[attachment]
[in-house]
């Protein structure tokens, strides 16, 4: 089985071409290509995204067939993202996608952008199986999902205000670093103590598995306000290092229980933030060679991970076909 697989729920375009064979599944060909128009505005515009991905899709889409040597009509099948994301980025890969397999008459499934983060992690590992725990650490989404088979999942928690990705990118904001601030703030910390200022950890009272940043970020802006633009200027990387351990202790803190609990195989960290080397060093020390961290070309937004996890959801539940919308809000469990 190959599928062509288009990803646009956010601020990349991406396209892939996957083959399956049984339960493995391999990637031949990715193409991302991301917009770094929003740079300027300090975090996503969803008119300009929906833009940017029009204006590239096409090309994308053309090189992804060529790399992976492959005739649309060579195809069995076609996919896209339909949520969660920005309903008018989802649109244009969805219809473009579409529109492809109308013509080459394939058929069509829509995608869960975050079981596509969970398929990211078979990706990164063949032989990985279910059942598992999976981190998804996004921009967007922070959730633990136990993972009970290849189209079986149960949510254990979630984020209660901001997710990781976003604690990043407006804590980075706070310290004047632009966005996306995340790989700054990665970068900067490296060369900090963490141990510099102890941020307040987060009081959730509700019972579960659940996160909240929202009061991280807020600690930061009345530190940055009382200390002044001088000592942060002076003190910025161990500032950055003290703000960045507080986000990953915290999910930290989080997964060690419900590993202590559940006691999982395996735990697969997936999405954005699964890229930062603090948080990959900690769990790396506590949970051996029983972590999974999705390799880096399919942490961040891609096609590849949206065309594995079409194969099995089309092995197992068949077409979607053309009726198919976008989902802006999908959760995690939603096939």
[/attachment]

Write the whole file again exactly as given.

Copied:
[in-house]
């Protein structure tokens, strides 16, 4: 089985071409290509995204067939993202996608952008199986999902205000670093103590598995306000290092229980933030060679991970076909 697989729920375009064979599944060909128009505005515009991905899709889409040597009509099948994301980025890969397999008459499934983060992690590992725990650490989404088979999942928690990705990118904001601030703030910390200022950890009272940043970020802006633009200027990387351990202790803190609990195989960290080397060093020390961290070309937004996890959801539940919308809000469990 190959599928062509288009990803646009956010601020990349991406396209892939996957083959399956049984339960493995391999990637031949990715193409991302991301917009770094929003740079300027300090975090996503969803008119300009929906833009940017029009204006590239096409090309994308053309090189992804060529790399992976492959005739649309060579195809069995076609996919896209339909949520969660920005309903008018989802649109244009969805219809473009579409529109492809109308013509080459394939058929069509829509995608869960975050079981596509969970398929990211078979990706990164063949032989990985279910059942598992999976981190998804996004921009967007922070959730633990136990993972009970290849189209079986149960949510254990979630984020209660901001997710990781976003604690990043407006804590980075706070310290004047632009966005996306995340790989700054990665970068900067490296060369900090963490141990510099102890941020307040987060009081959730509700019972579960659940996160909240929202009061991280807020600690930061009345530190940055009382200390002044001088000592942060002076003190910025161990500032950055003290703000960045507080986000990953915290999910930290989080997964060690419900590993202590559940006691999982395996735990697969997936999405954005699964890229930062603090948080990959900690769990790396506590949970051996029983972590999974999705390799880096399919942490961040891609096609590849949206065309594995079409194969099995089309092995197992068949077409979607053309009726198919976008989902802006999908959760995690939603096939």